the apple is pupil plus cornea
or maybe the magnetized pole
in pacific sea, pinhole
or some sinkhole in a shelf
of split ice. my flamboyant
sadness smells of citrus
and paint thinner. what if
i painted my future kid’s walls
that color. what if i could
talk to the three-letter word
that is one letter. a hole
in a hollow is also me
and an eye and the middle
of the riddle. and the eye is echo
not rhyme, linked like a low keen
from sea to sea, or a fruit
bruised perfect blue. beginnings
can be magnetized, too. i try
not to think of ice when i’m
i miss the dogfight
of our teeth squaring off
in a shiny mirror.
you could call our canines
moon kernels or portents,
but the sentiment
is sharper. the poem
tautology to a bracelet
of crescent dents.
shadow, shadow, light.
a plane reflecting
other planes, an edge
biting an edge, biting
an edge, bitten.
the bracelet tautology
to a skyline sans sky,
one wedge of evening
held in your periphery.
i press my fingers
into a warm glass throat.
(for kathy acker)
SHE PULLS A RUSTED STAPLE GUN: "YOU WANT TETANUS, *******?"
i think the ten-word-poem trend going around is an excellent idea executed horribly. too much abstraction, too little concreteness. so, y'know, i made it as concrete as possible. also technically the fourth in my ten-minute poem series.
in a heat like this you forget you have a stomach, patina’d as it is with shame. the junction of thigh and hip is a bear-trap. what do you and bears have in common? a bracelet of red dents at the wrist and no escape. anyways, keep trying. the four-by-four cube of yourself gives slowly, like a mattress or lung, something to be punctured. there, the air is water-soft. the walls are cream, not pink, but still you wait for threshold to meet threshold, for the mandala-fold of ribs to fall away. come winter this womb of cream will expel you a reborn thing, with fur.
10 minute poem #3. idk.
chip your tooth on the toilet. find your goldfish’s grave and dance on it. that guy in the trench coat at the party didn’t know anything, but let your paranoia balloon you into a parody of yourself, let your limbs hum off the bone. lie to other people about smoking ****. place an excise on weakness: a tearing for every tear. actually, don’t do that. think about your fish going down the drain. a body in orbit, descending, some tide in your stomach rising. don’t do that either. wear a bracelet of crescent dents. sink your chipped tooth into things often. key trench-coat’s car. bite his headlight. remember your arms? they should be back in your skin by now. now, admittedly, doesn’t mean much. dig up your goldfish or the approximate decay and place it back in the bowl you never cleaned. this looks like continuing as usual but isn’t.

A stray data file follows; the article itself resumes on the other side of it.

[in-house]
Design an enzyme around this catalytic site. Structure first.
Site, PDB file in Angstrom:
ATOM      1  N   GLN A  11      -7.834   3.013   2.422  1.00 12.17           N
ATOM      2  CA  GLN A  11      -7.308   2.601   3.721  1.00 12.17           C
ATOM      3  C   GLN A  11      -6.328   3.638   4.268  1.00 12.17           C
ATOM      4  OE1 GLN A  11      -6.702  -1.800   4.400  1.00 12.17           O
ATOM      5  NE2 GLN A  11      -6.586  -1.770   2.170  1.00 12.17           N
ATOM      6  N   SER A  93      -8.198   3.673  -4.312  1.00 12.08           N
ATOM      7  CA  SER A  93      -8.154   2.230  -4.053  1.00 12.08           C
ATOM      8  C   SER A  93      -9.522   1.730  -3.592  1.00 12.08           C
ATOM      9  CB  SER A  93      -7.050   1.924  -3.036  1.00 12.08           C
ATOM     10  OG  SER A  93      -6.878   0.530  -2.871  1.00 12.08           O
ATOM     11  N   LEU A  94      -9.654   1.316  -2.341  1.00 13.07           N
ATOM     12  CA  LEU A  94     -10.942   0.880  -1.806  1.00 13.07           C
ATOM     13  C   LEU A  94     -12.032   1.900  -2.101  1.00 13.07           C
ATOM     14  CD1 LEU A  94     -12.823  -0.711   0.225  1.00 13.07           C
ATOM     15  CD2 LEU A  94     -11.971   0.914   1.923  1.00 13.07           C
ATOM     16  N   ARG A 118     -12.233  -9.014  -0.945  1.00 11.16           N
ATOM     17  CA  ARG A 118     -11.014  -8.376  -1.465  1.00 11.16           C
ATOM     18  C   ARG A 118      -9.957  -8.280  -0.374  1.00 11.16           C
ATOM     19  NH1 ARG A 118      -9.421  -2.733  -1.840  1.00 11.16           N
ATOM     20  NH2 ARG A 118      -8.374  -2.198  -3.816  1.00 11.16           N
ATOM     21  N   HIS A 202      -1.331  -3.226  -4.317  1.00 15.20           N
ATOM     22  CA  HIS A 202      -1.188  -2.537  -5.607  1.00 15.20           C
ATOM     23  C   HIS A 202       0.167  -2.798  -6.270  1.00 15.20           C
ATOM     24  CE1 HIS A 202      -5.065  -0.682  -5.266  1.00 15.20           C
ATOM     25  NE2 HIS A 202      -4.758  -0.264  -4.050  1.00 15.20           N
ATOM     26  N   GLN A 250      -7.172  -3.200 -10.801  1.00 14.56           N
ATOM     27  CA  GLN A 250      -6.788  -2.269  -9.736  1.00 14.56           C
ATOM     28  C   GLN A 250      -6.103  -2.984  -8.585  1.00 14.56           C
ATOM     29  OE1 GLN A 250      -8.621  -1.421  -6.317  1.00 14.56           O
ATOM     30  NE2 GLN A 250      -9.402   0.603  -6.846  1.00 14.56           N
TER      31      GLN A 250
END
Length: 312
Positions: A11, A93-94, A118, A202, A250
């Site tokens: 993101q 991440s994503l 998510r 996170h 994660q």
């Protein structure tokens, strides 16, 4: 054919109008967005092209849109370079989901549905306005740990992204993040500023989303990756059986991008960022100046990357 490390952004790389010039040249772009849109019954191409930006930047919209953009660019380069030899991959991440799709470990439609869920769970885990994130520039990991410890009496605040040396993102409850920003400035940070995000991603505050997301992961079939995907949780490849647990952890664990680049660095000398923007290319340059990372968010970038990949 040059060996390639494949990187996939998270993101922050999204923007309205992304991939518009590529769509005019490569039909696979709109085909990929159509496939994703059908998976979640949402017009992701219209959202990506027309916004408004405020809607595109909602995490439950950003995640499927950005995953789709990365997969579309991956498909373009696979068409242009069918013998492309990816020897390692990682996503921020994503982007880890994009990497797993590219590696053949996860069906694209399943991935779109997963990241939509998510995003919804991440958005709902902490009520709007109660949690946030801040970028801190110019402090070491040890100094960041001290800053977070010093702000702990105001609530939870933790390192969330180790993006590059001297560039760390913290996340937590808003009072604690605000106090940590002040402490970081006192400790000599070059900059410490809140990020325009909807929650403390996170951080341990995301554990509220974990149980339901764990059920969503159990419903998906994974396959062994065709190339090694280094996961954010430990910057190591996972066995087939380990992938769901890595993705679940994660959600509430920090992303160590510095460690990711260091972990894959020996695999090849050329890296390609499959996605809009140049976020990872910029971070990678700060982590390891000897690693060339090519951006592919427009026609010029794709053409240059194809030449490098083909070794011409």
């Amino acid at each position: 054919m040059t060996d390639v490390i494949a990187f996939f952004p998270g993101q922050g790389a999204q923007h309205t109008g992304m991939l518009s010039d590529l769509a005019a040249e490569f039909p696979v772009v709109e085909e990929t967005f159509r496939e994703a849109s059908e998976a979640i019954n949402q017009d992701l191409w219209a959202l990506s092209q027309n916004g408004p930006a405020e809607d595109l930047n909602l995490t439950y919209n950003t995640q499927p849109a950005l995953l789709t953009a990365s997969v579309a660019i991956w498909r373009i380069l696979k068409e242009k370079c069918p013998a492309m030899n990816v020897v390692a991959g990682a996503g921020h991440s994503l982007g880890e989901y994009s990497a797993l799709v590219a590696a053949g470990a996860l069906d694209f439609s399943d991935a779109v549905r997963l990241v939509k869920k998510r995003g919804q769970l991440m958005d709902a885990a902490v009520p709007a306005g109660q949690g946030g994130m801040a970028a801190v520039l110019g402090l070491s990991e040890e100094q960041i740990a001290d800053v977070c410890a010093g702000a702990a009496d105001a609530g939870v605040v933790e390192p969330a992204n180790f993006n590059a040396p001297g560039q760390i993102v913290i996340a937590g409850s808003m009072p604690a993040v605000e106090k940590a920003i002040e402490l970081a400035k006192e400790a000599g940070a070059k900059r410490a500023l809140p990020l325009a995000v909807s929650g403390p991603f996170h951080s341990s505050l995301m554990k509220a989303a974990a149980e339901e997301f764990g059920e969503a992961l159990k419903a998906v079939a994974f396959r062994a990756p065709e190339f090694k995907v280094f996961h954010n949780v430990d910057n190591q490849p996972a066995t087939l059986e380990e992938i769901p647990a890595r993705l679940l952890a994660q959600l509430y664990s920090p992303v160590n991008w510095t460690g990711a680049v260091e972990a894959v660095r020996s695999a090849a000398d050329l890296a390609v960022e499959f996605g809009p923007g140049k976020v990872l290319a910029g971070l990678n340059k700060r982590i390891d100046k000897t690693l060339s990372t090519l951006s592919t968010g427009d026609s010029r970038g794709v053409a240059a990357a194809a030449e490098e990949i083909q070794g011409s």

10-minute poem #2. these are excellent self-help tips and i endorse them wholeheartedly.
Promises made by diviners: first,
the month of my undoing dissected,
uncertainty excised. Fingers splayed,
the prophet makes a pretty ritual
out of ribcage. Says: any bone
can be an oracle bone, given time.
Unhook the vertebrae, then.
Plate apart the musculature
and there’s fate, that red spool,
that hungry spine. Ask me if I
believe. I believe all prophets
are butchers. The small chime
is her fingers at my glass rib
and not my leaving. Ah, fate,
that tangle of guts, of chyme.
the first in a series of 10-minute poems i'm supposed to be cranking out every two days.
(after dean young)
“there are some parts of the human brain
even carps spit out.” but the amygdala births worms
which the fish chew quite sweetly. what isn’t
here: one un-slipped stream, one un-swissed
memory. what is: encephalitis, beetle-black shadow
in the water’s meat. some questions prompt answers
like mouths and feeding. ask yourself why fish bones
are like angels if it isn’t their getting stuck
or the filigree. ask yourself why the first words
of a poem are the skin of an unfathomable ocean,
or why you can only ever think about bodies
and feeding. in the throat, i forgot to say. i take
a layer of algae off the table before sitting down to tuna
and the soup in the coffin that is the kitchen sink.
ask yourself: if the water pressure’s been gone for weeks,
why is your hair always soaked in the morning?
inspired by dean young's poem "gray matter," from his 2005 collection.
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